Khawaja, Handscomb lead Australia fight in 2nd India Test

NEW DELHI: Gritty half-centuries from Usman Khawaja and Peter Handscomb guided Australia to a fighting 263 all out against inspired Indian bowlers on Friday’s opening day of the second Test. India reached 21 for no loss at stumps with the hosts still trailing Australia by 242 runs here. Skipper Rohit Sharma, on 13, and KL Rahul, on four, were batting. Australia worked with spin right from the second over with debutant Matthew Kuhnemann and Nathan Lyon bowling six overs between them.
Handscomb (72 not out) and Khawaja (81) played key knocks to boost Australia’s total after the tourists, who lost the opener of the four-match series inside three days, again elected to bat on another turning track. Fast bowler Mohammed Shami took four wickets while spinners Ravichandran Ashwin and Ravindra Jadeja had three each.
“It is always challenging when you have quality bowlers like Ashwin and Jadeja, it is always tough work,” Khawaja told broadcaster Star Sports after the day’s play.
Australia’s 263 was “very competitive, it’s not easy out there,” he added. “There are few cracks. I think tomorrow will tell the tale which way this game is going.”
Shami wrapped up the Australian innings in the final session as he bowled Kuhnemann for six.
Khawaja’s knock came to an end before tea, with a stunning one-handed catch from KL Rahul giving left-arm spinner Jadeja his 250th Test wicket. Rahul dived full stretch to his right to grab the ball on a reverse sweep from Khawaja, who fell to his knees in absolute disbelief.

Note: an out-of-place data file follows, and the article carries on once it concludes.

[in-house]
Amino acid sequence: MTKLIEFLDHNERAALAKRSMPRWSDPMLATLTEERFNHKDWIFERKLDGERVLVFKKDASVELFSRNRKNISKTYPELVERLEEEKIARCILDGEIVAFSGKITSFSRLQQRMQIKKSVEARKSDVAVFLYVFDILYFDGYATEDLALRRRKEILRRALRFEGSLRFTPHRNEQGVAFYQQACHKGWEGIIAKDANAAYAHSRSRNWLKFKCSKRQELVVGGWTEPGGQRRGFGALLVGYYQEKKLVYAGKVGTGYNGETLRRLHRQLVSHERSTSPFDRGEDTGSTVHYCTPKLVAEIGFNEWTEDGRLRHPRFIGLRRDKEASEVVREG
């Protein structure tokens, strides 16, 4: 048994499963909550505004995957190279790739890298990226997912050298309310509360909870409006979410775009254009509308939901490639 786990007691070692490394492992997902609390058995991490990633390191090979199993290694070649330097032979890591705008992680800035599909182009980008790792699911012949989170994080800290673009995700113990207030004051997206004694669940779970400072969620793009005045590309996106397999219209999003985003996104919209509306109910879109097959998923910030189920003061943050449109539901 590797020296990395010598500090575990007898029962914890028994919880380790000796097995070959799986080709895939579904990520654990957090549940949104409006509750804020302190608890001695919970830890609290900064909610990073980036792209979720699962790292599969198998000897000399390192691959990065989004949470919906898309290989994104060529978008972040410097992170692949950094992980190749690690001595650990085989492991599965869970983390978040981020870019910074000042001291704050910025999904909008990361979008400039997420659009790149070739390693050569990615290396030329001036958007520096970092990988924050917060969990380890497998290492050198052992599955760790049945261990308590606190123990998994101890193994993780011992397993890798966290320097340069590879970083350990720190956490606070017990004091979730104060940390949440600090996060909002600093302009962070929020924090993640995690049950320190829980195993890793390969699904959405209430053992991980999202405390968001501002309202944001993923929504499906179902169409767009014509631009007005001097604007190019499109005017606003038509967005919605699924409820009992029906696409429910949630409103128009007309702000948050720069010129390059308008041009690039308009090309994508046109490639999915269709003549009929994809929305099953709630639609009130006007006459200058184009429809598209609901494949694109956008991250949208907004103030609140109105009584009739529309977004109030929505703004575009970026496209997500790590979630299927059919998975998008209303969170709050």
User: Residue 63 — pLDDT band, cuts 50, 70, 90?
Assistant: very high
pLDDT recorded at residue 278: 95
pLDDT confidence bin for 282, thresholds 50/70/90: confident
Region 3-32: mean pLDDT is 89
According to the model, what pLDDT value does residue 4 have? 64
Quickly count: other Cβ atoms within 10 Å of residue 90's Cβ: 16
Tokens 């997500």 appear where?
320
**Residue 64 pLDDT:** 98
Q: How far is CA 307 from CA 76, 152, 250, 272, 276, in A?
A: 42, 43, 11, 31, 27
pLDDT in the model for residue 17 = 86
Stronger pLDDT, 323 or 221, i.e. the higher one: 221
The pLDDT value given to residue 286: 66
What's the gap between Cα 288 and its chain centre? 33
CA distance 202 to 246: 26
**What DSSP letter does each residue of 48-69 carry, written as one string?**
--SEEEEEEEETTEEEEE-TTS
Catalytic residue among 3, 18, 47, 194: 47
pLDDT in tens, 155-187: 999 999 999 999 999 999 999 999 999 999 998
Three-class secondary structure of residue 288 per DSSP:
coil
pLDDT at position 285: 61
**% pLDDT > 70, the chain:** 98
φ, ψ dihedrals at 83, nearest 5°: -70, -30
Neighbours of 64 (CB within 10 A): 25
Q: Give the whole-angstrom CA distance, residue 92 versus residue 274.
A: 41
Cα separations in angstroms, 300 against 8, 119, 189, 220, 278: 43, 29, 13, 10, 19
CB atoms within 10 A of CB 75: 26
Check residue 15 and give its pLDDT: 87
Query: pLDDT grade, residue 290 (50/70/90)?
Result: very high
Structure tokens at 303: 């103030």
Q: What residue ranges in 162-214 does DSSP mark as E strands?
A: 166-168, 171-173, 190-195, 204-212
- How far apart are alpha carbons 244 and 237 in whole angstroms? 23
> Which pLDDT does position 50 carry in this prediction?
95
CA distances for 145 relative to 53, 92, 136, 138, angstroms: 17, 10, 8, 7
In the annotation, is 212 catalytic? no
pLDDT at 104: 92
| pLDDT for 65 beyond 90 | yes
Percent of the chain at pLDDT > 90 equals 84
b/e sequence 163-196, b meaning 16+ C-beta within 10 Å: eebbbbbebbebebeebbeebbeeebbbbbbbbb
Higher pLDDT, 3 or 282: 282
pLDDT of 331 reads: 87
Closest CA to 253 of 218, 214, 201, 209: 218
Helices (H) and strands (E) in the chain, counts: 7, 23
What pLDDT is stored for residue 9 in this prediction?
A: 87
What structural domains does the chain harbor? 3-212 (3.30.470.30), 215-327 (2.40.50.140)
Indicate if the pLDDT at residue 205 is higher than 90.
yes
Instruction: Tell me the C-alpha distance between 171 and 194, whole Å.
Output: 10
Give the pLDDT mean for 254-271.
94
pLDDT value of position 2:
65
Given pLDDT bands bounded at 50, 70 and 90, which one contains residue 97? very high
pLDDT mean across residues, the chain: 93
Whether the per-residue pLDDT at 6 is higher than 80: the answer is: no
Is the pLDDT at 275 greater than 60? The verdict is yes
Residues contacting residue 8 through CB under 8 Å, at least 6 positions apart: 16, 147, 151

Handscomb and Khawaja had put on 59 crucial runs in the second session before the latter’s departure.
But Handscomb kept up the grind and reached his fifth Test half-century in an eighth-wicket stand with skipper Pat Cummins, who made 33 before being trapped lbw by Jadeja. Earlier Ashwin dismissed wicketkeeper Alex Carey for a duck for his third wicket of the day as India once again called the shots after a mini Australia fightback.
The off-spinner struck twice in one over before lunch including Marnus Labuschagne, for 18, and Steve Smith, for a duck, to put the tourists in trouble.
David Warner, who scored one and 10 in Nagpur in the first Test, was the first to go after taking 21 balls to score the first runs of his innings. He had faced a barrage of short balls by seamer Mohammed Siraj and took a couple of blows, on the elbow and the back of the helmet.
Just when it looked like the left-handed opener had settled in, Shami produced a peach of a delivery that pitched and held its line from around the wicket, with the keeper taking the edge behind.